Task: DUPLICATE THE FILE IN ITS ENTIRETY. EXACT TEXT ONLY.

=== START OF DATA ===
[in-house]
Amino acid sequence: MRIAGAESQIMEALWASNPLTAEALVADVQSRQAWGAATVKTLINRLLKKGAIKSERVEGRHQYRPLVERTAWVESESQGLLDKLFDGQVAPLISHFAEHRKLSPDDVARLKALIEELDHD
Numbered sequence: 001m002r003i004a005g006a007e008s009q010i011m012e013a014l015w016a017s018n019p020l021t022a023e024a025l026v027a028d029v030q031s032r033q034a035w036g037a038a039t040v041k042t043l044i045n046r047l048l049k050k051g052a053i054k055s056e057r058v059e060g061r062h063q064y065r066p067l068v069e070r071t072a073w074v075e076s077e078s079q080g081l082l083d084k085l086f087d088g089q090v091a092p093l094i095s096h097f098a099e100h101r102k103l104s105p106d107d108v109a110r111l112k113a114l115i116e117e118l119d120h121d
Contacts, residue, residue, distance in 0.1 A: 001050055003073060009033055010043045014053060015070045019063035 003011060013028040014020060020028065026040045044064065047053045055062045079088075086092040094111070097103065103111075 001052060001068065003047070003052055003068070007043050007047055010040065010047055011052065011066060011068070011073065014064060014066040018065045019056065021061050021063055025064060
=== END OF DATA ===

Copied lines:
[in-house]
Amino acid sequence: MRIAGAESQIMEALWASNPLTAEALVADVQSRQAWGAATVKTLINRLLKKGAIKSERVEGRHQYRPLVERTAWVESESQGLLDKLFDGQVAPLISHFAEHRKLSPDDVARLKALIEELDHD
Numbered sequence: 001m002r003i004a005g006a007e008s009q010i011m012e013a014l015w016a017s018n019p020l021t022a023e024a025l026v027a028d029v030q031s032r033q034a035w036g037a038a039t040v041k042t043l044i045n046r047l048l049k050k051g052a053i054k055s056e057r058v059e060g061r062h063q064y065r066p067l068v069e070r071t072a073w074v075e076s077e078s079q080g081l082l083d084k085l086f087d088g089q090v091a092p093l094i095s096h097f098a099e100h101r102k103l104s105p106d107d108v109a110r111l112k113a114l115i116e117e118l119d120h121d
Contacts, residue, residue, distance in 0.1 A: 001050055003073060009033055010043045014053060015070045019063035 003011060013028040014020060020028065026040045044064065047053045055062045079088075086092040094111070097103065103111075 001052060001068065003047070003052055003068070007043050007047055010040065010047055011052065011066060011068070011073065014064060014066040018065045019056065021061050021063055025064060